HTTPS is no longer optional if you want to build relationships and a business online. The good news it adds a lot of value to your business. But, SSL Certificates do more than enable HTTPS. They also authenticate or validate your identity so visitors know it’s really you on the other end of their connection. We’re here to help you find the right level of validation based on your goals.
Google is trying to make the Internet safer and In January 2017, with the release of Chrome 56, they will start showing non-SSL – HTTP websites as Not secure.
Chrome currently displays a green padlock icon with HTTPS in the address bar for sites that are secure and the circle-i with a message that this website is not secure but the security team will be taking it one step further by displaying a red triangle for all HTTP pages.
Emily Schechter, Product Manager for Chrome Security, said on the official Google security blog that the first phase is to flag HTTP sites that process passwords or credit cards.
Then, Google plans to extend the SSL warnings to Incognito mode in following releases and will eventually show a red triangle on all HTTP pages.
This will help answer the visitors question, “Is this site encrypted?” Or, maybe a better question “Is this site safe for transactions?” The answer is, “No, the site is not encrypted, so Not secure.”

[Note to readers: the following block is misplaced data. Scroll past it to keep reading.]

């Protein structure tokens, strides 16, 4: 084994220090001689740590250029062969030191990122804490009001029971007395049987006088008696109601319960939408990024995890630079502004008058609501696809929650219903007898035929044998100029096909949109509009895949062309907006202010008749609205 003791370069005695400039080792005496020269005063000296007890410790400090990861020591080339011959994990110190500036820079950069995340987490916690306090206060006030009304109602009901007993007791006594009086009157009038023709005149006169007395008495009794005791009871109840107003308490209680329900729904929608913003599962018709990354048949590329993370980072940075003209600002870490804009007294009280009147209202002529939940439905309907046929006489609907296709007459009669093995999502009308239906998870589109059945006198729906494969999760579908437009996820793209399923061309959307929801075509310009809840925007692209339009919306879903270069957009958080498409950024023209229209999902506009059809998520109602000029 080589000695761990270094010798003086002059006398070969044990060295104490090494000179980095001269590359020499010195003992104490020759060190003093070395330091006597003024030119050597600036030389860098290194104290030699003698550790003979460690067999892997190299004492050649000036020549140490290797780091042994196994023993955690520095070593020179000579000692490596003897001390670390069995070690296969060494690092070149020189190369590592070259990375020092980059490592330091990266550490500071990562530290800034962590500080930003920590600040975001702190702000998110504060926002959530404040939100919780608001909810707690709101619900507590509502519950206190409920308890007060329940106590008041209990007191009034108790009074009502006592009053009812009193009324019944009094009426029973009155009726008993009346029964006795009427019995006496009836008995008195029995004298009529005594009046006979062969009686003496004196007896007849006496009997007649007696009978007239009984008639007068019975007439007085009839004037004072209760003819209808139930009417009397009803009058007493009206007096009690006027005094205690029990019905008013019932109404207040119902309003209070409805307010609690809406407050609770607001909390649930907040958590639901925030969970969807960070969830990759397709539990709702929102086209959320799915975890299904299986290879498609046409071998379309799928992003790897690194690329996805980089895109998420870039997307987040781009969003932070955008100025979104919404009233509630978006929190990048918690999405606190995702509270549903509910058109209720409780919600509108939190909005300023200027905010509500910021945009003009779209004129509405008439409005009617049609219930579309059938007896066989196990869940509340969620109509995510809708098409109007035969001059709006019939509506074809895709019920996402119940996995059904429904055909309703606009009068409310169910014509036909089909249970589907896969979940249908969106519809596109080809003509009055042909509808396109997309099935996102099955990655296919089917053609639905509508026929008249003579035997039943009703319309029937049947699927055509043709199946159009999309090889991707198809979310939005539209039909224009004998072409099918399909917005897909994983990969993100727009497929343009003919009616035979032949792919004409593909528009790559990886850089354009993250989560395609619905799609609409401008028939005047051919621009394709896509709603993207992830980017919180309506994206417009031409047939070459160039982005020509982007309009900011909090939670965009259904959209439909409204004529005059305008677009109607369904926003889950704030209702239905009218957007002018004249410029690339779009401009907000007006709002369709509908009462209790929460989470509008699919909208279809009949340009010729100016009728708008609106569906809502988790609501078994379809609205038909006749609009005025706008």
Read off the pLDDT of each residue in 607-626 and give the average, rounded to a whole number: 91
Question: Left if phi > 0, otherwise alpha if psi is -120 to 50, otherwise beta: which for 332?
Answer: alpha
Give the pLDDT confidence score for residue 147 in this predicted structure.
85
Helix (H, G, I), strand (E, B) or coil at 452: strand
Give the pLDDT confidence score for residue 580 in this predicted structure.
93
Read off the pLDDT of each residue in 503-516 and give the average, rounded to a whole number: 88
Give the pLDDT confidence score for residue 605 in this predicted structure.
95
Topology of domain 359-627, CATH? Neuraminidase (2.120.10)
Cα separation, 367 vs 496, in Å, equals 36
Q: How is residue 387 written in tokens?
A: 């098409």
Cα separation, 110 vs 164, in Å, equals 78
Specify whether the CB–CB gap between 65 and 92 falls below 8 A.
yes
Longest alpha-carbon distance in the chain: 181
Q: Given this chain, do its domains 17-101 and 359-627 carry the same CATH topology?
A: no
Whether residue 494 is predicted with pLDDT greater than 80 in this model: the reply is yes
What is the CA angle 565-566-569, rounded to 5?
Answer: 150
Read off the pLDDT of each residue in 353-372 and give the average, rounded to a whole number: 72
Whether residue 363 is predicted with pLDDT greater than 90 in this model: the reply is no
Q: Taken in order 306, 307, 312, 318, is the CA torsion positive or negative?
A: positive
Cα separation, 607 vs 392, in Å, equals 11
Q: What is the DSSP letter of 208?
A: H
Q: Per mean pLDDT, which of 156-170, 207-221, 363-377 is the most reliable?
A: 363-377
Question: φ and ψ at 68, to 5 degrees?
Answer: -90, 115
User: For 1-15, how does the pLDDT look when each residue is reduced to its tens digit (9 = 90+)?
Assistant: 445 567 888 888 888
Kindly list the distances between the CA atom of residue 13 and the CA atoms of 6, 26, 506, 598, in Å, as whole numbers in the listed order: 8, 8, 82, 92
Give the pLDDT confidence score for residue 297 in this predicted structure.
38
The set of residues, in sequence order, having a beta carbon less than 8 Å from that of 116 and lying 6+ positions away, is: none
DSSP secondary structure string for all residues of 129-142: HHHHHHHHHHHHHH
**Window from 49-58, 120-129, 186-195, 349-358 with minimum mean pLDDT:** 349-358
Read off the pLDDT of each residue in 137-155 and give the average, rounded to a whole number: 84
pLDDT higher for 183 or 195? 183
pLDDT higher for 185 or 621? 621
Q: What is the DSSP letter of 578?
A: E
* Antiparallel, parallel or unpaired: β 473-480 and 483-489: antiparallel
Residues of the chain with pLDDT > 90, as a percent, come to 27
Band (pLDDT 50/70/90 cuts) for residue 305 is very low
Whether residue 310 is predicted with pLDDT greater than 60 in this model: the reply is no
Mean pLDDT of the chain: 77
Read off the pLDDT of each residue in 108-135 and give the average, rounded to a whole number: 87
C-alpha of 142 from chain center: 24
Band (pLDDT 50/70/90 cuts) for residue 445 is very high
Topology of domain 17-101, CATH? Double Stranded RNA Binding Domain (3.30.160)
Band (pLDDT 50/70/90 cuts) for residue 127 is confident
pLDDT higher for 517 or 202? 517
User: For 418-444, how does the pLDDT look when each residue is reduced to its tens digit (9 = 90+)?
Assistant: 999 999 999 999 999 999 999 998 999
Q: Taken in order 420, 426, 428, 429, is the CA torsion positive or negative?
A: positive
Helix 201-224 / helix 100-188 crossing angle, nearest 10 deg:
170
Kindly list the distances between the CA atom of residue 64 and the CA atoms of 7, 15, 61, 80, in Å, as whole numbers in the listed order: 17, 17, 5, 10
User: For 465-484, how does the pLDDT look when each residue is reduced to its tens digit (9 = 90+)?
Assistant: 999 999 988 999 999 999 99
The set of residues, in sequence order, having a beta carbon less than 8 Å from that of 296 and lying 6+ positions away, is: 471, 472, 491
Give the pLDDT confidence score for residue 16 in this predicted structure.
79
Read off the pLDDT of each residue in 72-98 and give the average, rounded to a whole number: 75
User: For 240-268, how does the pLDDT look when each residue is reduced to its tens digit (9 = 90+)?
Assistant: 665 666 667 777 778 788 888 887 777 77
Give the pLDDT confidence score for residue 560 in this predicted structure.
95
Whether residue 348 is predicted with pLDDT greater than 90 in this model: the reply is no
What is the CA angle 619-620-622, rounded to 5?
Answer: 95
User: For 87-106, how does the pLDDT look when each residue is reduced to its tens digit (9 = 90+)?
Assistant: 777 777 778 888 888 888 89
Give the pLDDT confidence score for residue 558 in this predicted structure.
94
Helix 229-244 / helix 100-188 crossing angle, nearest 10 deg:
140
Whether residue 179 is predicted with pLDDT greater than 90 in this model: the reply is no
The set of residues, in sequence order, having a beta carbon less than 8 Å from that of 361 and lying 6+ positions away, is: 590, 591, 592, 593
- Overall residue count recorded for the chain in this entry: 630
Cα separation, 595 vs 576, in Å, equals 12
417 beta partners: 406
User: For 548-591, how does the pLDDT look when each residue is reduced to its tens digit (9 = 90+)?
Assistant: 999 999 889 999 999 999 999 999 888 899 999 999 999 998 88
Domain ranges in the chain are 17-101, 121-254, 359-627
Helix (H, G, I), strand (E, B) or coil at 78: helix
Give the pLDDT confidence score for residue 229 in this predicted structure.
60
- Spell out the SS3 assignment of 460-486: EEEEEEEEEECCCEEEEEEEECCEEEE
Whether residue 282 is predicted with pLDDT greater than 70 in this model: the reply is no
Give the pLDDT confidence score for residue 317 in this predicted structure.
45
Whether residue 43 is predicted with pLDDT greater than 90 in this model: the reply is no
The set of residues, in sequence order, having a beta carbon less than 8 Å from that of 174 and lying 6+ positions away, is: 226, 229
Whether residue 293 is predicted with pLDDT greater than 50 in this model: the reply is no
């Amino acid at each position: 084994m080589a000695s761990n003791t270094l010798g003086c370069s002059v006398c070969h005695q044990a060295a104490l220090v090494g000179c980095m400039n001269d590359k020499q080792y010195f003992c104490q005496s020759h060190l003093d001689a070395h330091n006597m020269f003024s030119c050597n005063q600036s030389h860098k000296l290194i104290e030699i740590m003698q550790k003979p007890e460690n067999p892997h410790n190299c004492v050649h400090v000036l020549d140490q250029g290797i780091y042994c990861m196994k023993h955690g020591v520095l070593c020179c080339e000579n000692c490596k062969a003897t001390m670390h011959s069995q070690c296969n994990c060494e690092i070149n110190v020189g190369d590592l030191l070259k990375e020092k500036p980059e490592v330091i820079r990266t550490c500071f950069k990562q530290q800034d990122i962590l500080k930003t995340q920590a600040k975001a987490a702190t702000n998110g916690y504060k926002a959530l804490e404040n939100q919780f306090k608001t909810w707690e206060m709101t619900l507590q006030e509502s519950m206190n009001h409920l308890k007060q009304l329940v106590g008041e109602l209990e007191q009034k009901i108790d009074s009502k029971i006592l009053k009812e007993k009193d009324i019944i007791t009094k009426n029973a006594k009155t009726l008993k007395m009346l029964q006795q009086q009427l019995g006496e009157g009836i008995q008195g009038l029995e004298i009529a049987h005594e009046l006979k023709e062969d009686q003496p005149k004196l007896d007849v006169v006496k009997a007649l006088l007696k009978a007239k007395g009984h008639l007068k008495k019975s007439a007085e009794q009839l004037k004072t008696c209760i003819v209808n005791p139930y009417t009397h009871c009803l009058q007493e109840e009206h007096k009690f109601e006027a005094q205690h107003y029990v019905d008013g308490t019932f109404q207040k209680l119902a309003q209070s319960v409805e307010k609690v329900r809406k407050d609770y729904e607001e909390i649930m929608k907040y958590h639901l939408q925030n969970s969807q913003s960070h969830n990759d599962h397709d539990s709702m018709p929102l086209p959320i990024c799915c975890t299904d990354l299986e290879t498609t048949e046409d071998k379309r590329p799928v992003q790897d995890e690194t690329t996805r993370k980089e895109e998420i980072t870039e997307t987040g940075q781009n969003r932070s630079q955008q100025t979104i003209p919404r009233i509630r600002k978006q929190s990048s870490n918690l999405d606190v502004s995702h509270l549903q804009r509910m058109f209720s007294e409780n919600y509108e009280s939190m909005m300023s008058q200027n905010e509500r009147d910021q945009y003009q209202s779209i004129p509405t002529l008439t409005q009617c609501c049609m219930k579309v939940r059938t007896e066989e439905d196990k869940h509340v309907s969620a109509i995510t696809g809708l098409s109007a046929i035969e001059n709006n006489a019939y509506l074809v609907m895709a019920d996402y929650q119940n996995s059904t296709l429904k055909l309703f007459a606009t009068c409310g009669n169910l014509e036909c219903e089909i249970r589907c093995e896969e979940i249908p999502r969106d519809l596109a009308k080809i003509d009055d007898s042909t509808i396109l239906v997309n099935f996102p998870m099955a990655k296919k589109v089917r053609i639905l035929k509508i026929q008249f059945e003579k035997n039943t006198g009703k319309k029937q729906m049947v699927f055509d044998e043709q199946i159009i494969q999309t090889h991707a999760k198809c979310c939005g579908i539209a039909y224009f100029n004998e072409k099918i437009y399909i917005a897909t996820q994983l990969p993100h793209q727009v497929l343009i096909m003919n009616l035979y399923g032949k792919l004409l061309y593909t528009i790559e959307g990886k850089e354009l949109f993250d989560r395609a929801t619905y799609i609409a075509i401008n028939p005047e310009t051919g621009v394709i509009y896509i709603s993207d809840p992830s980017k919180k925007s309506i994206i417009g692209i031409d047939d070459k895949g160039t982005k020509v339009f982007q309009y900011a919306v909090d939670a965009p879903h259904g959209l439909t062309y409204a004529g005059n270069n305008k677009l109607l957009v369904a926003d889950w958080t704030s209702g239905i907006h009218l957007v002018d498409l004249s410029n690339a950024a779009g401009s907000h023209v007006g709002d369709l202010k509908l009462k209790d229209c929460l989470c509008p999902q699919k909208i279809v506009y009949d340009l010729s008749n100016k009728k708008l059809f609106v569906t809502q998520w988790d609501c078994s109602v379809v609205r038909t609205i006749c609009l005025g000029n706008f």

This means that, without SSL, someone can not only access the data from the internet, seeing everything we do on a site, but can also control it and manipulate it.
When traffic is not encrypted, it makes us vulnerable to anyone using the same Wi-Fi at the local centre or coffee shop, who can steal our email, passwords or banking information.
With proper installation of an SSL certificate, the “Not Secure” sign will disappear and be replaced by a green padlock icon. Then the site will be secure for any online transactions and public dealings.
It’s important to note that SSL isn’t only about confidentiality, which is how most people think of it but also about integrity and authenticity, which in many cases are much more important.
Schechter also explained that switching over from HTTP won’t affect sites’ search rankings, it is easier to install and much cheaper than ever before, and also enables the best performance and powerful features that are too sensitive for HTTP.
For most startups and small-to-midsize businesses, the move to HTTPS shouldn’t be difficult. While you can buy and install a certificate from multiple providers or your web hosting company itself, most web hosts are offering easy, one-click Encrypt SSL certificate installation and most also provide automatic renewals.
Check out our set-up guides to get started.